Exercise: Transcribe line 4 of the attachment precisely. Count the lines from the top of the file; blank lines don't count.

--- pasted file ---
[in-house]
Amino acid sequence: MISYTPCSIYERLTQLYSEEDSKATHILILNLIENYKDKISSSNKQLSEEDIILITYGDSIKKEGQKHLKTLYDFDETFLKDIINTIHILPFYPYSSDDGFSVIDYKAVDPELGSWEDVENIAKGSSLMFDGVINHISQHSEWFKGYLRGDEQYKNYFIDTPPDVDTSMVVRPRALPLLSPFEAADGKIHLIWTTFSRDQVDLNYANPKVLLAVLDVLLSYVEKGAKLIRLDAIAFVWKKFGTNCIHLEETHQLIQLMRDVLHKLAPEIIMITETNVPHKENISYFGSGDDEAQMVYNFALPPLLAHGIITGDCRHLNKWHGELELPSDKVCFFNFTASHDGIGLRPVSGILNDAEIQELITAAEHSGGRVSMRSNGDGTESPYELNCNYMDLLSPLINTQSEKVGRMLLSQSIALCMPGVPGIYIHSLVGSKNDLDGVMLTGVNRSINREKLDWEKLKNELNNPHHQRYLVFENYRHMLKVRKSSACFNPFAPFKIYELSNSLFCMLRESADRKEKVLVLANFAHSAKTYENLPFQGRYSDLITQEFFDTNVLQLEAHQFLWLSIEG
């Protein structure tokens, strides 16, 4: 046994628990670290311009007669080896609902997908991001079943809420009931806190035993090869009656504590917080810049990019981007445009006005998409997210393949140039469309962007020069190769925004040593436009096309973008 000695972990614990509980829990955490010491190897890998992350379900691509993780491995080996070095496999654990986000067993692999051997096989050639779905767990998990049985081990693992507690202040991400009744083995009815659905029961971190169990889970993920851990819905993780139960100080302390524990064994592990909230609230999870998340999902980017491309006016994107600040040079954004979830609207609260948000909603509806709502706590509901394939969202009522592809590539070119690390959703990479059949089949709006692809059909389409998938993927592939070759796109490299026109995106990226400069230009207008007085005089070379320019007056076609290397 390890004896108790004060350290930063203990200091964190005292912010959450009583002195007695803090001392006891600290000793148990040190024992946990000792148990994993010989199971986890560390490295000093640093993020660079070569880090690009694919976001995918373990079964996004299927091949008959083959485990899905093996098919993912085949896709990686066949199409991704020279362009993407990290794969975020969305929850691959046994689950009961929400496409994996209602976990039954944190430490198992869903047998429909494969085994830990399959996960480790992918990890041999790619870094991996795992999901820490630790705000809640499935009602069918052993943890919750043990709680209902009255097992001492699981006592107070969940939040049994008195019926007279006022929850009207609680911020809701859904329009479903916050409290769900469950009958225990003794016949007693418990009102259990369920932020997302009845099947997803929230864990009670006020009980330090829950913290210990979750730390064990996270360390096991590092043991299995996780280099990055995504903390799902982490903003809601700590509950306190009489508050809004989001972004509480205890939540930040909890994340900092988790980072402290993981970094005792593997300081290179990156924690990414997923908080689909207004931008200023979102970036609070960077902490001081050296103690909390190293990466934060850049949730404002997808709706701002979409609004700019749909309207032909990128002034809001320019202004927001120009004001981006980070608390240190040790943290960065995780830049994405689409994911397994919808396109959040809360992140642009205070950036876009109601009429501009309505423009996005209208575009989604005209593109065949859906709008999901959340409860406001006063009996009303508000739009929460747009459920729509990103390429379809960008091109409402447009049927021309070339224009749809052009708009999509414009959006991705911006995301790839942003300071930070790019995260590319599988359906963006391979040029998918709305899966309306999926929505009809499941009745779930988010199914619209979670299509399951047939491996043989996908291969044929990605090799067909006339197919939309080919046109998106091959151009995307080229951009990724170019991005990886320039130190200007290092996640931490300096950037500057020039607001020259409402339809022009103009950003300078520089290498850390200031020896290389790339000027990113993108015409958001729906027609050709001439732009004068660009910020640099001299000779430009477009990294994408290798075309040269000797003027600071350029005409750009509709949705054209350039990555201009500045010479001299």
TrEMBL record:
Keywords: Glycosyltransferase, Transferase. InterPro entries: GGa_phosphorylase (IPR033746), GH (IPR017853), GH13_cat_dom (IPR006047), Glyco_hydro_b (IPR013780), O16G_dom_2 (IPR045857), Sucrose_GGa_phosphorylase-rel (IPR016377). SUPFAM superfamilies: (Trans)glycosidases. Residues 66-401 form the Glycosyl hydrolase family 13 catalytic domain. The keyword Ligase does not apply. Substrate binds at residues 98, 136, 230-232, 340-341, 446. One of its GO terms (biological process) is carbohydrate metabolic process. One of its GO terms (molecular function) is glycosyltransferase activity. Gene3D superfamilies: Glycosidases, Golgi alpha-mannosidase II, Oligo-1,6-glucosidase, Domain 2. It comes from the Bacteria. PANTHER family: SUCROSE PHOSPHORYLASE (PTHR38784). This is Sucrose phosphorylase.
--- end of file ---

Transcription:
TrEMBL record: